There is something about the sea…
I grew up on Flipper and Sea Hunt and Jacques Cousteau specials. I remember choosing a school binder with Cousteau images on it, collecting the magazines and books. Backrolling off a raft in the swimming pool as if I was a scuba diver. Splashing around in the temporary marsh that formed in our lower pasture when the snow melted. Begging parents to take me to the local lake to “swim” (it was a kind of modified doggie paddle, mostly involving touching the bottom with my hands as I splashed in the shallows).
I grew up landlocked, in a farming family that did not go to the sea. Our place is in the midst of farmland at the bottom of Pennsylvania, at the top of the Chesapeake Bay. Everything we do affects the Bay.
I remember coming up over a sand dune at age twelve or so, on a trip with my aunt, and seeing the sea for the first time; a vast water that rolled to the edge of the world and breathed!
Years later my dad took the family and a couple friends to Chincoteague’s Pony Penning. We dragged him out to the beach, where he clomped up and down in his farm boots as far from the water as possible, while we ran in and out of the sea.
I went back; with backpack and tent and kayak and scuba gear. I backrolled off real floatin’ boats in the middle of the ocean to look at sunken boats. I hung out with friends in the Longship Company, rowing and sailing our series of ships. I guest sailed on local tall ships, and steered a few (out where you couldn’t actually run into anything). Here I am on the Pride of Baltimore II, in the middle of the bay, with a real sailor (Megan, who actually walked the same planks as Johnny Depp and Orlando Bloom… she crewed on the Lady Washington, the ship they ste… uh… commandeer, it’s a nautical term, in the first Pirates movie). My thought balloon is something like: what blit on the horizon am I aiming at? Or… starboard??? port???? eh, shield side??? sword side????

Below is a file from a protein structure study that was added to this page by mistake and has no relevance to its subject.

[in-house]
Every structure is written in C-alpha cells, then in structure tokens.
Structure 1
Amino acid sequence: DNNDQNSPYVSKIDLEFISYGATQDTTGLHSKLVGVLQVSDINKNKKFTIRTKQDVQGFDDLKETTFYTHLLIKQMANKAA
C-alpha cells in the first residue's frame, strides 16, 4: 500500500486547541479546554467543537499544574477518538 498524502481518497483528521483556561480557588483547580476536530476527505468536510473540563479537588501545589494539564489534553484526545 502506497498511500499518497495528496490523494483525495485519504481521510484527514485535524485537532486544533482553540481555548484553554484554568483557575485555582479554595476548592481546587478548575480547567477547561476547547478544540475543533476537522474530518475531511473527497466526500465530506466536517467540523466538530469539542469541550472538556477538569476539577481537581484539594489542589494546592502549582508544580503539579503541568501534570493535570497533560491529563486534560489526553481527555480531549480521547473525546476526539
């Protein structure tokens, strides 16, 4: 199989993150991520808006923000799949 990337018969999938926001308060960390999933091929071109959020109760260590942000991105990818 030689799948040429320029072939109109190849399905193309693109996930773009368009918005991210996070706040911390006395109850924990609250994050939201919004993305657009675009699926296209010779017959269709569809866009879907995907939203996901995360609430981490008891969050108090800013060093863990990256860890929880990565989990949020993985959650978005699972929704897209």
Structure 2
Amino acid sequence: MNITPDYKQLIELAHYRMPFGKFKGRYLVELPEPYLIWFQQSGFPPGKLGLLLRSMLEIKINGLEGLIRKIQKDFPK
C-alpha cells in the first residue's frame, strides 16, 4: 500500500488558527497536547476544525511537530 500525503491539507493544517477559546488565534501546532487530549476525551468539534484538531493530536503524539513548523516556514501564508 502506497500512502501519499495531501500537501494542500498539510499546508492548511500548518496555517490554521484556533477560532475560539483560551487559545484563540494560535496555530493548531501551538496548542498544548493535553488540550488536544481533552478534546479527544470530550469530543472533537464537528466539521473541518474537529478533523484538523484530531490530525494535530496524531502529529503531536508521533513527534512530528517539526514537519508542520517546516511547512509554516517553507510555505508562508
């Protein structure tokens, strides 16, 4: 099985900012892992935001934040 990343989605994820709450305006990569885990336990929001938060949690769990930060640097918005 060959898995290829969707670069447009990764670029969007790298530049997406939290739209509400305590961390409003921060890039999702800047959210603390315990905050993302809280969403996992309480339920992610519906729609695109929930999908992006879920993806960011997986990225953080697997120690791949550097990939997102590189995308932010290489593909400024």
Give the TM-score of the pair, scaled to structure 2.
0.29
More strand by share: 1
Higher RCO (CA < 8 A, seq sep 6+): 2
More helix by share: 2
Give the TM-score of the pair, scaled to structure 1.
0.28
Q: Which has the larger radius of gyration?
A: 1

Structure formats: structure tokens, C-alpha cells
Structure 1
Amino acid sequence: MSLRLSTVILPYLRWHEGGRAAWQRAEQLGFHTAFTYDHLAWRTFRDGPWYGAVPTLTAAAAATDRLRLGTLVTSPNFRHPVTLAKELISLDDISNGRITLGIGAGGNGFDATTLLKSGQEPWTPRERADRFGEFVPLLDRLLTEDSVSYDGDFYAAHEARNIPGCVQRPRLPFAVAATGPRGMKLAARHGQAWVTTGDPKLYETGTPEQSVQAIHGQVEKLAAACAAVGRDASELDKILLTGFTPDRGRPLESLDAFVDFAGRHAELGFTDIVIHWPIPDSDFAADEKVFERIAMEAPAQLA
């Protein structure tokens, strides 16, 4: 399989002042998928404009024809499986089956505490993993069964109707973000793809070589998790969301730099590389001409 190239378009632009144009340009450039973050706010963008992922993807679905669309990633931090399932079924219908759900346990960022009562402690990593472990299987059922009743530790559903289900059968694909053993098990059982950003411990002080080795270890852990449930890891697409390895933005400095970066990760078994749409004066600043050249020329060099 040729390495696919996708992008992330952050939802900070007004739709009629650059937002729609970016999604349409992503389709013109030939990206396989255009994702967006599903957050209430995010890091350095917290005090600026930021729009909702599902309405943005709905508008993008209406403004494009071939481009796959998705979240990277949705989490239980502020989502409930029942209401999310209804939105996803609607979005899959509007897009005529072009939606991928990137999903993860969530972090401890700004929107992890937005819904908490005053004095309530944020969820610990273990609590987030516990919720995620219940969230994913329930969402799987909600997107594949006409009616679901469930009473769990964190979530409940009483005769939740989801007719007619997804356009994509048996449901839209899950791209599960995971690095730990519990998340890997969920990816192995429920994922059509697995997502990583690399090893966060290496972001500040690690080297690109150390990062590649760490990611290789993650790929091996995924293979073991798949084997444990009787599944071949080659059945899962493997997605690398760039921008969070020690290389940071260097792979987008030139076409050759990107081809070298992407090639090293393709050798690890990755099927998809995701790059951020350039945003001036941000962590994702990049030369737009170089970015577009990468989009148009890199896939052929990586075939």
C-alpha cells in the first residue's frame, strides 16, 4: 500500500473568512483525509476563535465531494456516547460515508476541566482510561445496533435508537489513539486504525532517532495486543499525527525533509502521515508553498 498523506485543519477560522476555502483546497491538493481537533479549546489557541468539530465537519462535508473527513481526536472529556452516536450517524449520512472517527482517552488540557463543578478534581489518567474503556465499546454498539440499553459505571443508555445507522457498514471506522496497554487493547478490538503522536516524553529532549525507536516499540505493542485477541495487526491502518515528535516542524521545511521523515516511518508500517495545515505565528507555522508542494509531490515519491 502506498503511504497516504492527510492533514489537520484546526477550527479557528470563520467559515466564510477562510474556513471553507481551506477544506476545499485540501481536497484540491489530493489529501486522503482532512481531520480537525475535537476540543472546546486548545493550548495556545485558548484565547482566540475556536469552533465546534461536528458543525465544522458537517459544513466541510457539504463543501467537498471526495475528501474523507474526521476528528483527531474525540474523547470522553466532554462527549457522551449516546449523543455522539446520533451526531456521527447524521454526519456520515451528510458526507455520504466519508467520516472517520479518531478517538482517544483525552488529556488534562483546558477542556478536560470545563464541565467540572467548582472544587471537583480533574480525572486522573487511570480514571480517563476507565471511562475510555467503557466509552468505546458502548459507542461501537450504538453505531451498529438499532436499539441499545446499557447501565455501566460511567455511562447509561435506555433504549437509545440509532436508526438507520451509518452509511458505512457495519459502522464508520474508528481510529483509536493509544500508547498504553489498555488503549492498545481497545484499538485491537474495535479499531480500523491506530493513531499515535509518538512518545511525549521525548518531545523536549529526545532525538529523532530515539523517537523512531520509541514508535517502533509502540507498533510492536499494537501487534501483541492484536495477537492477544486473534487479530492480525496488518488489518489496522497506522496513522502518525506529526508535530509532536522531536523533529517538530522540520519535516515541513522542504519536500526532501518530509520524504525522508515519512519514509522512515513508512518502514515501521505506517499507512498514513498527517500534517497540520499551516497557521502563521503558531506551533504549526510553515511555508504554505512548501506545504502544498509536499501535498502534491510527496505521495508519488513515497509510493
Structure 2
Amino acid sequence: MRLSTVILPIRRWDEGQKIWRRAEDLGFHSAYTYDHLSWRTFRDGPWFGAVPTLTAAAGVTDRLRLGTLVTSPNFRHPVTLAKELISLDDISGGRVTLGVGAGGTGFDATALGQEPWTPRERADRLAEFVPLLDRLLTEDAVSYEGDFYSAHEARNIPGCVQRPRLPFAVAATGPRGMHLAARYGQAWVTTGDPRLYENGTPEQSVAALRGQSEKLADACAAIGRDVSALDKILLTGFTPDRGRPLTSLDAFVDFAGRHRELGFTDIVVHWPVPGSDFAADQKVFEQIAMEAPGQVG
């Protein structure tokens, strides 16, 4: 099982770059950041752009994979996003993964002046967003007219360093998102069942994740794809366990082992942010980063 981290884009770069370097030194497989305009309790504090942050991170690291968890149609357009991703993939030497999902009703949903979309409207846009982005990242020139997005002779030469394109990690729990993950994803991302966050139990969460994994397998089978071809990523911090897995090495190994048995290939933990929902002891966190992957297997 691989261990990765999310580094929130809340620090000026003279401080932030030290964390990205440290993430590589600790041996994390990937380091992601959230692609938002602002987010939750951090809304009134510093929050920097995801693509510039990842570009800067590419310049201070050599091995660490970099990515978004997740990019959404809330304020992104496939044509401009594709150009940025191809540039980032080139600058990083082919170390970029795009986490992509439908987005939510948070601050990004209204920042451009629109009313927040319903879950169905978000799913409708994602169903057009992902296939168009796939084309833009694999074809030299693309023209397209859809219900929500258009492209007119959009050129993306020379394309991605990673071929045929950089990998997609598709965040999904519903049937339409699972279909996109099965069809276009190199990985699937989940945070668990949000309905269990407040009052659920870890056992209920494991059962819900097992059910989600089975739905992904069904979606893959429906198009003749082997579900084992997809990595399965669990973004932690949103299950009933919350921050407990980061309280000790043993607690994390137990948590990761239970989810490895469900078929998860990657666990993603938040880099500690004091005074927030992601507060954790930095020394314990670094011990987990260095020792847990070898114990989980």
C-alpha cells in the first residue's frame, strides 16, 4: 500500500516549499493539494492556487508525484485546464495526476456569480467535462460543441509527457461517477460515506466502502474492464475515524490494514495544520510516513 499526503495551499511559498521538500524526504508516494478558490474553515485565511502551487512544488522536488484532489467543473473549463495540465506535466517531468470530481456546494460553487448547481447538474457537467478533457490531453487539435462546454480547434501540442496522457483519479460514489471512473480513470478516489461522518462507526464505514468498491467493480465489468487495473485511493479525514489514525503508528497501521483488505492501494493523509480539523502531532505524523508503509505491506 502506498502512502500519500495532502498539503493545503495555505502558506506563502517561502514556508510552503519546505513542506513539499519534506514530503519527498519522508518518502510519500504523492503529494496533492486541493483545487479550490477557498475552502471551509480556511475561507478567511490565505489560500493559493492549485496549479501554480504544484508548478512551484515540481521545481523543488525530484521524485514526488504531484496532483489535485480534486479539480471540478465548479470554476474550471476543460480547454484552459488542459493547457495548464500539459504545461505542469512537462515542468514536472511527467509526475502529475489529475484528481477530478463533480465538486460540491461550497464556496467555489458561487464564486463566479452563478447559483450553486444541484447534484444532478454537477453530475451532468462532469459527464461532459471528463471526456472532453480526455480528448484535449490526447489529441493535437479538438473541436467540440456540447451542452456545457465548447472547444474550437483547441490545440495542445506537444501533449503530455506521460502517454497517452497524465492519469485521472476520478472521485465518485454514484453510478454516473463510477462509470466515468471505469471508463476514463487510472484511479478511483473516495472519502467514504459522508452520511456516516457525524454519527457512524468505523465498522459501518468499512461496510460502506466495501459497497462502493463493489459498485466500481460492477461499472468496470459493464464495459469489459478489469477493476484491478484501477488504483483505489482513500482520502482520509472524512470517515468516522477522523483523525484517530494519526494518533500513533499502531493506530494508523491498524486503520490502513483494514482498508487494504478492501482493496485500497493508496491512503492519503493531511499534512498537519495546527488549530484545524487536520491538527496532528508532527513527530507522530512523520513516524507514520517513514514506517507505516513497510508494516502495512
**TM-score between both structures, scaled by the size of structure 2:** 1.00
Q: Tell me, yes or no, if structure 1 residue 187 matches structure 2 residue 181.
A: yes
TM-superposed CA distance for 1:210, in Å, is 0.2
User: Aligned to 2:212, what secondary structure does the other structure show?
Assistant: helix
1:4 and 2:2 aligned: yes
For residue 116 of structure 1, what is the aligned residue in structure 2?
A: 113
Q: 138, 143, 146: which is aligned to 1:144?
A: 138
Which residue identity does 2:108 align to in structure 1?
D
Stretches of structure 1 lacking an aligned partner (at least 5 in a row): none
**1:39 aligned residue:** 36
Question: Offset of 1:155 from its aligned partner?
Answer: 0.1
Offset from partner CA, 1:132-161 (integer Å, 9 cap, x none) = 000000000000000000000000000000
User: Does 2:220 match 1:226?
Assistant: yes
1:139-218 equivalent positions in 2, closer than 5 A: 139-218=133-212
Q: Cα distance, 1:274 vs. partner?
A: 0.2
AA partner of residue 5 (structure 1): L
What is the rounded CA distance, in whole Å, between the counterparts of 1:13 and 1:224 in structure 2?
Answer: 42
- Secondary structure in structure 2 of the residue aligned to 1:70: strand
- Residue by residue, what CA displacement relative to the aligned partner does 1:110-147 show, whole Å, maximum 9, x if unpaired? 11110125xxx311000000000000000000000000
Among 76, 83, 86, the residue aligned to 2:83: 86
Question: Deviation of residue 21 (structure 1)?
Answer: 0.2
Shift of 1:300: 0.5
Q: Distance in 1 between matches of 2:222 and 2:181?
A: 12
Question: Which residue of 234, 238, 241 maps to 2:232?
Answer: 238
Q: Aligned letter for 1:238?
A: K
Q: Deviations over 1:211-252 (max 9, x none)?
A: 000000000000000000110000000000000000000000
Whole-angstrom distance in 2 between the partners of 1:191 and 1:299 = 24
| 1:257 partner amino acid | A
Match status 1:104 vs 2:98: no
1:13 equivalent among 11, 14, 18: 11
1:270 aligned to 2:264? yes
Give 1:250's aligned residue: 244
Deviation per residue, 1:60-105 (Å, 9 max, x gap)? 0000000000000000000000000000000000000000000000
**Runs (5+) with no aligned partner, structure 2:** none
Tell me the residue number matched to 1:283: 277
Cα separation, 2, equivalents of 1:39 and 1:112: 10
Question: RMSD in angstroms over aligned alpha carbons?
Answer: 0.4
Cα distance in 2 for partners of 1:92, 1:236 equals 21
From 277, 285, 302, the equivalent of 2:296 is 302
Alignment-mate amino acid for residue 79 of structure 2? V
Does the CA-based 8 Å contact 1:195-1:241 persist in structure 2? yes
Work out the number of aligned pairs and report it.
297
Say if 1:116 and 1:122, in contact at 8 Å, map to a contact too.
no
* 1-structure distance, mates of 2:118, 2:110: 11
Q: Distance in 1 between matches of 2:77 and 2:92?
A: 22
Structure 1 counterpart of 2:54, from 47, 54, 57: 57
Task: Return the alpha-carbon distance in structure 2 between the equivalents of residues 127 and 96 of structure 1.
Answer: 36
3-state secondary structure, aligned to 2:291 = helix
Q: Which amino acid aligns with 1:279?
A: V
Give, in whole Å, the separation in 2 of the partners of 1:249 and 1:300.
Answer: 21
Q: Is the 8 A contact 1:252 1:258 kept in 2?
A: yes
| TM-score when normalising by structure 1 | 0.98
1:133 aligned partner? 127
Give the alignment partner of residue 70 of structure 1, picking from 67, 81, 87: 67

There’s something about a boat.
When a friend invited me to her friend’s cabin in the Adirondacks (given the choice, I will go to the sea not the mountains), she proclaimed “and they have kayaks!”
Uh huh. I’ll be underwater all week. I’d brought my snorkeling gear.
On the first dive I discovered the visibility was approximately to my elbow.
“What about those floatin’ boats?”
I got in one, blue, long, with Aquaterra scrawled across its bow, weebled, wobbled, got it to go straight… and didn’t get out for the rest of the week.
A year later I had my own Sea Lion, (same brand), blue, long…
(here with buddy and Longship Captain Dave Tristan)
A kayaking buddy gave me this one year…
A greenstone hei matau… aka Maui’s fishhook. I found the puka shell necklace on Chincoteague Island. The hook is, of course, a Polynesian thing, the hei matau specifically Maori of Aotearoa (Middle Earth to you). Surfers and kayakers adopted it as a connection to an oceanic people, and to the sea itself.
Last year sucked giant moa eggs for me: I got sicker and sicker until I landed in the hospital with the most fabulous case of Crohn’s Disease they’d ever seen. I recovered, mostly, and saw Finding Dory, then Moana.